Friday, December 26, 2014

Strategic Culture Foundation — Russia’s new military doctrine lists NATO, US as major foreign threats

Russia has adopted an updated version of its military doctrine, which reflects the emergence of new threats against its national security. NATO military buildup and American Prompt Global Strike concept are listed among them. 
The new doctrine was approved on Friday by President Vladimir Putin. Its core remains unchanged from the previous version. The Russian military remains a defensive tool which the country pledges to use only as a last resort. 
Also unchanged are the principles of the use of nuclear weapons which Russia adheres to. Their primary goal is to deter potential enemies from attacking Russia, but it would use them to protect itself from a military attack – either nuclear or conventional – threatening its existence.…
Nadia Prupis
The doctrine, which Putin signed as Russia's economic power and international relations continue to deteriorate, maintains many of the provisions put into place in its previous edition, signed in 2010. Among those is the possibility of Russia using nuclear weapons in retaliation to other nations targeting Russia or its allies with weapons of mass destruction—though the doctrine concedes that those scenarios are unlikely. 
A new provision, however, adds that Russia could use precision weapons "as part of strategic deterrent measures," without elaborating on how and when those weapons would be used.…
Ahead of the doctrine's release, the Russian government said NATO was turning Ukraine into a "frontline of confrontation." The Defense Ministry also posted a Tweet on Wednesday warning that Ukraine's "accession to alliance will bring Russia-NATO relations to complete collapse."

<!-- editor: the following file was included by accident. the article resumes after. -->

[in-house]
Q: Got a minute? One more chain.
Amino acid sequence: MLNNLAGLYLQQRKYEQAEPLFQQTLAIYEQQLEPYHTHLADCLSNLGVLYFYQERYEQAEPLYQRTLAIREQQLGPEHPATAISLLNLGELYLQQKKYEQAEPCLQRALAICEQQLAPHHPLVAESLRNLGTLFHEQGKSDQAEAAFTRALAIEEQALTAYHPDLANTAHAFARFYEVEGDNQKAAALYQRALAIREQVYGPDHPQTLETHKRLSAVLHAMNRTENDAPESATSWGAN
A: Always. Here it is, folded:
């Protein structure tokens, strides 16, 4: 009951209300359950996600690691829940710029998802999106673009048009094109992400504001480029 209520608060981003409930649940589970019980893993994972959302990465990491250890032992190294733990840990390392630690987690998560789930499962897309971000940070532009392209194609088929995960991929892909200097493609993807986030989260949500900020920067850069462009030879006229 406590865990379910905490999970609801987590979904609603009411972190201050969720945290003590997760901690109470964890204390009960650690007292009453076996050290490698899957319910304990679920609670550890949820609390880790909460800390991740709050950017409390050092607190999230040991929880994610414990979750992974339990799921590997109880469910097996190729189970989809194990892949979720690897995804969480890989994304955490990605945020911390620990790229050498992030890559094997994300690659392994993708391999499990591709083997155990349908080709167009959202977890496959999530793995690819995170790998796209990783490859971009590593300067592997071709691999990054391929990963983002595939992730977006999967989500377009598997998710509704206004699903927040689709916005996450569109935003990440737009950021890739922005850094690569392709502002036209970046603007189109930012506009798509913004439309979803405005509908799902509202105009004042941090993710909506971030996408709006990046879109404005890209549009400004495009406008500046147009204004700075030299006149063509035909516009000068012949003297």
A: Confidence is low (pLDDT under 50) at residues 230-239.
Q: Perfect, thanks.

Russia Hardens Military Doctrine Amid NATO Standoff Over Ukraine
Henry Meyer
Russia hardened its military doctrine, identifying new threats after tensions with its Cold War foe NATO increased over the conflict in Ukraine.
The revised document posted today on the Kremlin website names attempts to overthrow neighboring governments as a major threat, as well as the North Atlantic Treaty Organization’s buildup close to the country’s borders. The previous draft was published in 2010.
Russia also cited as threats information campaigns aimed at corrupting the Russian population, sabotage by foreign intelligence, the deployment of missile-defense components and high-precision conventional weapons, and the use of information technology for military purposes.…
“Russia is the target of an unprecedented information-propaganda campaign,” Popov said. “It’s being cast as an enemy and its political course is seen as a new threat for NATO.”

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